Explaining Today's "Bounce-Back" GDP Report

Wednesday, July 30, 2014

help wanted, sign, jobs, economy, employment (B.J. McCray/flickr)

After the U.S. economy shrank in the 1st quarter, today's report shows 4% expansion -- but with some important caveats and revisions. Charlie Herman, business and economics editor for WNYC News, breaks down the numbers and what to expect from the many other economic indicators out this week.


Charlie Herman

Comments [13]

905 days and 30 minutes until this Economic Illiterate leaves the White House..... and maybe we can THEN see academic records and find out that he never took an economics course or any math beyond 9th grade algebra ... but we gave him an economy to run based just on his celebrity and our guilt.

Thank you, affirmative action.

Jul. 30 2014 11:28 AM
fuva from harlemworld

Amy, say word. "Trickle-down" is not the only nonsense Brian let slide here. Brian's great, but in this way he exemplifies how unreliable the media – given their relatively high monetary and social capital – often are for working class people...

Jul. 30 2014 10:32 AM
RUCB_Alum from Central New Jersey

And since their incomes lagged the overall economy for so long, Americans drew money out of the 'piggy bank' via sub-prime cash-out refi's to support their lifestyles. Bush II's failure to curtail $4/g gasoline quickly was the match to light the debt collapse fire.

Jul. 30 2014 10:27 AM
Andy from NYC

How far does the guest think these GDP numbers will be revised downward?

Jul. 30 2014 10:20 AM
Omid Malekan

In response to the caller who defended stock market gains in terms of benefits to pension funds, we should remember one reason public pensions are so underfunded is because of our artificially induced low rates. There was a time funds could make a safe 5% in bonds. Now thanks to the Fed they make less than half of that, so they have to chase returns in riskier places like the stock market or hedge funds (which also happen to be managed by very wealthy individuals buoyed by hefty fees). Another way the Fed inflates the wealth gap.

Jul. 30 2014 10:17 AM
Beth from Crown heights, Brooklyn

I love this idea of "ask an economist".

I have a question about the meaning of job growth. For instance- I work in theater, & the show I'm working on is closing in August. I already have another show lined up for when this show closes, but does that count as a "new" job? It's new to me, but perhaps not to the economy.

Jul. 30 2014 10:17 AM

Horseshit, Jamie. Investments CAN ONLY be made with surplus money. Incomes have been lagging for generations such that the 'average' worker has no surplus. Fact, 1968's minimum wage worker commanded more goods and services than today's average wage worker. In other words if min wage had grown with the GDP, it would be $27/hour.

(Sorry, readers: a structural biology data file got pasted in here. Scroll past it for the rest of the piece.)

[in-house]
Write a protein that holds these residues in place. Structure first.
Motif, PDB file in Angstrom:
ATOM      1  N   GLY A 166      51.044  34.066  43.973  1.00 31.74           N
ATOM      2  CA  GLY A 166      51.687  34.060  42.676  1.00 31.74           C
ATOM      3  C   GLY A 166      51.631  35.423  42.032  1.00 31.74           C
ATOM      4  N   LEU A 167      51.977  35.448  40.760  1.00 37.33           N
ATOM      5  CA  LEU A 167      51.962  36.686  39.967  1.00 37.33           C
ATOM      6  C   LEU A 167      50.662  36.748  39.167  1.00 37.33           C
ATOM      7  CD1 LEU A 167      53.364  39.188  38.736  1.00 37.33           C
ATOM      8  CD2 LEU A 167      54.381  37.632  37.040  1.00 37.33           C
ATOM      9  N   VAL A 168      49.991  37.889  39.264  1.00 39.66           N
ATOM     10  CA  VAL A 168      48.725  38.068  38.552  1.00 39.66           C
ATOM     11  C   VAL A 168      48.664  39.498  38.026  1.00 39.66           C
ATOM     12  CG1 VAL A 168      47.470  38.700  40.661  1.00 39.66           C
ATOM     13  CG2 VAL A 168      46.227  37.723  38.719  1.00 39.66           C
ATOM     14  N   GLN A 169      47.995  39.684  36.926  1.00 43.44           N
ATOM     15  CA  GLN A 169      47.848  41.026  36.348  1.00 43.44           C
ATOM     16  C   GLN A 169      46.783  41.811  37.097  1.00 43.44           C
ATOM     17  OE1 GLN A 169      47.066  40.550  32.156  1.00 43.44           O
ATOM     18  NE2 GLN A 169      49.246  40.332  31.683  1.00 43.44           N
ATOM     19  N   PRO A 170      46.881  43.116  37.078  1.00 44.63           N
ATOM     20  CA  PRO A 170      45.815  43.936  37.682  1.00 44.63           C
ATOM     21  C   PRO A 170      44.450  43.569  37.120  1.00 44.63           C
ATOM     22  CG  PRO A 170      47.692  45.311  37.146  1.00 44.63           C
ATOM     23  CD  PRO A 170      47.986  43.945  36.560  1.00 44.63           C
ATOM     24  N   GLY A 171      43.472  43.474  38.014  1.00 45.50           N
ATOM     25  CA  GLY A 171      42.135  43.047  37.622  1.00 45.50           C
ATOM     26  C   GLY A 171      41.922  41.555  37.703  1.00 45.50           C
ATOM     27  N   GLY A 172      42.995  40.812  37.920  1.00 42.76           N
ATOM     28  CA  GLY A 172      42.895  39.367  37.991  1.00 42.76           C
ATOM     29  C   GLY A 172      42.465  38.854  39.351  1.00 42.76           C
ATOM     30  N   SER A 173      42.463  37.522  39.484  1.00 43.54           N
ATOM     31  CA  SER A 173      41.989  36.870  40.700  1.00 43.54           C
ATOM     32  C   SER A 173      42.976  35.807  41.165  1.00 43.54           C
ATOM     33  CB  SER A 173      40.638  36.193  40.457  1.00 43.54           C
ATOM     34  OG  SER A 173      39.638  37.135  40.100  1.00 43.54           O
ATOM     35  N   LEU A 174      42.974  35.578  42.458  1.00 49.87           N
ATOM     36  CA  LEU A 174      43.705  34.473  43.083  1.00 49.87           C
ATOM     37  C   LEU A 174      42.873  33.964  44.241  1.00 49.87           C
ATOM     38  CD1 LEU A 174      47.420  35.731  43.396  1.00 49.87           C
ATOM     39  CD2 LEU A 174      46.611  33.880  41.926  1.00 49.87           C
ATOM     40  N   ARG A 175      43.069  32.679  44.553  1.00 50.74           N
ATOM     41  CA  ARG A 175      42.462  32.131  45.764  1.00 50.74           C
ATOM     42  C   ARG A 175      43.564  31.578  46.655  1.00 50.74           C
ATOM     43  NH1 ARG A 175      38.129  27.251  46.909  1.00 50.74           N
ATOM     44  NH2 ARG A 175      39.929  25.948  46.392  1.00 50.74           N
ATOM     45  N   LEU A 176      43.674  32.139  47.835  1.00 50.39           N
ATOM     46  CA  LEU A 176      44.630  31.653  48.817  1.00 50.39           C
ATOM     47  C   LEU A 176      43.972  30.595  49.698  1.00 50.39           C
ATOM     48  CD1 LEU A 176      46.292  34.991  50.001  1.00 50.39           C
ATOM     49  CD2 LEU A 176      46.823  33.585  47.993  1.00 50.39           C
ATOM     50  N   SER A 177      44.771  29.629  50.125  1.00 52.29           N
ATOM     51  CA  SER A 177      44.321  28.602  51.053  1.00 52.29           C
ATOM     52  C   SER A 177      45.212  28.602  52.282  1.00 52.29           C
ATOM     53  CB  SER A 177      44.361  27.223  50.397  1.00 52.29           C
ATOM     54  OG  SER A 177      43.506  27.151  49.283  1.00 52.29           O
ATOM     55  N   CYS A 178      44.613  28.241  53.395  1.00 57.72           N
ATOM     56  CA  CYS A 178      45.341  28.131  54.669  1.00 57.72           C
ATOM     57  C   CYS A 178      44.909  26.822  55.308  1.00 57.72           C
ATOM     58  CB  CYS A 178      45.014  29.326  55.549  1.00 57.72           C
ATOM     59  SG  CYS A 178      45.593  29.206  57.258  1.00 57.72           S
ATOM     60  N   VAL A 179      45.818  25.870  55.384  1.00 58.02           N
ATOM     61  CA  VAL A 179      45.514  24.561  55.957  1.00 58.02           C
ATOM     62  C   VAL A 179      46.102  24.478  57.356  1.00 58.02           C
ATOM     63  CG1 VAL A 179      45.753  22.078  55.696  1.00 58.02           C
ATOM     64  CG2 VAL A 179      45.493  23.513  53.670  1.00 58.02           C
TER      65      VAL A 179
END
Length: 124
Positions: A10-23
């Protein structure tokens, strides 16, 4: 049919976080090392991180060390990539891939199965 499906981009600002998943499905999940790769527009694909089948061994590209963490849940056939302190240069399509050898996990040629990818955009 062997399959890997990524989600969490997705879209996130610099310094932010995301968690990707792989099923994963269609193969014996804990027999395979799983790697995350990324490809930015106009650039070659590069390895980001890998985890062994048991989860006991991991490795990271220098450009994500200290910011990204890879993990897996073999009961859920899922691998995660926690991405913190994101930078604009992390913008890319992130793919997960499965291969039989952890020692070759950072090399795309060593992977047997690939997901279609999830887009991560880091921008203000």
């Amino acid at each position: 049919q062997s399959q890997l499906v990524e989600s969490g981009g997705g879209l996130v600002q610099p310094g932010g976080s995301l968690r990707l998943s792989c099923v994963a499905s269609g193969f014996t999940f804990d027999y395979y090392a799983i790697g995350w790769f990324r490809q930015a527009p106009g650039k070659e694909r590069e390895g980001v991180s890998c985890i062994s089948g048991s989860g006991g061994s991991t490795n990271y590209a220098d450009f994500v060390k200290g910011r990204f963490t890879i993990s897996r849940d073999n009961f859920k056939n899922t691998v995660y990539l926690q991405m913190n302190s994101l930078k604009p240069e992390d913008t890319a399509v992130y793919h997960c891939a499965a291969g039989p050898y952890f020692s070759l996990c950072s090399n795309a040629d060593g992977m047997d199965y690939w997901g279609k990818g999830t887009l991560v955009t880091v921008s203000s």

Jul. 30 2014 10:15 AM
Amy from Manhattan

Can we deep-six that cliche already? Mr. Herman mentioned wage stagnation; the tide hasn't been lifting "all boats" for the last 30 years.

Jul. 30 2014 10:13 AM
barb from NYC

What's with all the hand-wringing? It's not rocket science. If it weren't for the Republicans, we would have enacted a sufficient amount of stimulus in 2008 OR more stimulus since then. Interest rates are TINY now, so it's a great time for the govt. to borrow, and our infrastructure is falling apart and needs repair, and infrastructure repairs would create LOTS of jobs, people would have money to spend again (finally) and that would boost/boom the economy.

Why haven't we done this? GOP hysteria for their own selfish political goals.

PS: "Cuts to Social Security," Brian? Soc. Sec. has nothing to do with any deficit; has nothing to do with it.

Jul. 30 2014 10:13 AM
John from Fanwood

I have my retirement savings in a S&P index fund and it's been earning double digit interest for a few years. I've heard rumors about a bubble similar to the tech thing in the 90s. Any insights into that?

Jul. 30 2014 10:08 AM
antonio from baySide

The guest really think corporations in the United States are going to be more generous with raises?

That would go against the trend for at least the last two decades...

Jul. 30 2014 10:07 AM

GDP has become so manipulated a figure (like inflation numbers) in recent time that it is meaningless. To the point, that there is talk about putting black market numbers into the calculation. How would they know how much prostitution or illegal drug sales, etc goes on? They don't. It just gives them more latitude to make up numbers. Just like the Fed no longer giving out M3 money supply numbers, claiming it is out of date - that represents the amount of dollars in circulation which have grown exponentially.

Jul. 30 2014 10:00 AM

More important than quarter to quarter variances in how GDP is reported, I am more interested in how does the GDP increase not get reflected in median family income? Since 2001, GDP has gone UP by 50% but median family income has barely budged. That's $5.5T! (half of that represents income) Where does the money go? And is there any way to affect the current distribution so that it actually affects family income?

Jul. 30 2014 09:55 AM

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